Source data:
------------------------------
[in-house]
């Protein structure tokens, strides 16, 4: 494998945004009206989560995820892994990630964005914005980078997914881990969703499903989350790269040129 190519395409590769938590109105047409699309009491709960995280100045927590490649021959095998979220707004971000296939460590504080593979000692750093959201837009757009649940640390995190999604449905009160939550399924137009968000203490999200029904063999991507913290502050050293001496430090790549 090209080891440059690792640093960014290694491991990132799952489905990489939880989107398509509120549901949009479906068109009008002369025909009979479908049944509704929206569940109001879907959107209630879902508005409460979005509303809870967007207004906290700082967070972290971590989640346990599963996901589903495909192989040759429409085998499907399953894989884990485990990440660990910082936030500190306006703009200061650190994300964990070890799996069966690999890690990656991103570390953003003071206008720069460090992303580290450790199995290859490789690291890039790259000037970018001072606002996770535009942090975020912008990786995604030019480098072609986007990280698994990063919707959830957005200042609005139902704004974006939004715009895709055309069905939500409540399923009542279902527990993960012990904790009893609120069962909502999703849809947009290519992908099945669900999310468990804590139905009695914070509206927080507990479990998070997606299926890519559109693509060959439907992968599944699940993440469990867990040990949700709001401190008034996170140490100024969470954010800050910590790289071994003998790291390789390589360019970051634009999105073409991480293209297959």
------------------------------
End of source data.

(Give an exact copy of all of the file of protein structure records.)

[in-house]
């Protein structure tokens, strides 16, 4: 494998945004009206989560995820892994990630964005914005980078997914881990969703499903989350790269040129 190519395409590769938590109105047409699309009491709960995280100045927590490649021959095998979220707004971000296939460590504080593979000692750093959201837009757009649940640390995190999604449905009160939550399924137009968000203490999200029904063999991507913290502050050293001496430090790549 090209080891440059690792640093960014290694491991990132799952489905990489939880989107398509509120549901949009479906068109009008002369025909009979479908049944509704929206569940109001879907959107209630879902508005409460979005509303809870967007207004906290700082967070972290971590989640346990599963996901589903495909192989040759429409085998499907399953894989884990485990990440660990910082936030500190306006703009200061650190994300964990070890799996069966690999890690990656991103570390953003003071206008720069460090992303580290450790199995290859490789690291890039790259000037970018001072606002996770535009942090975020912008990786995604030019480098072609986007990280698994990063919707959830957005200042609005139902704004974006939004715009895709055309069905939500409540399923009542279902527990993960012990904790009893609120069962909502999703849809947009290519992908099945669900999310468990804590139905009695914070509206927080507990479990998070997606299926890519559109693509060959439907992968599944699940993440469990867990040990949700709001401190008034996170140490100024969470954010800050910590790289071994003998790291390789390589360019970051634009999105073409991480293209297959």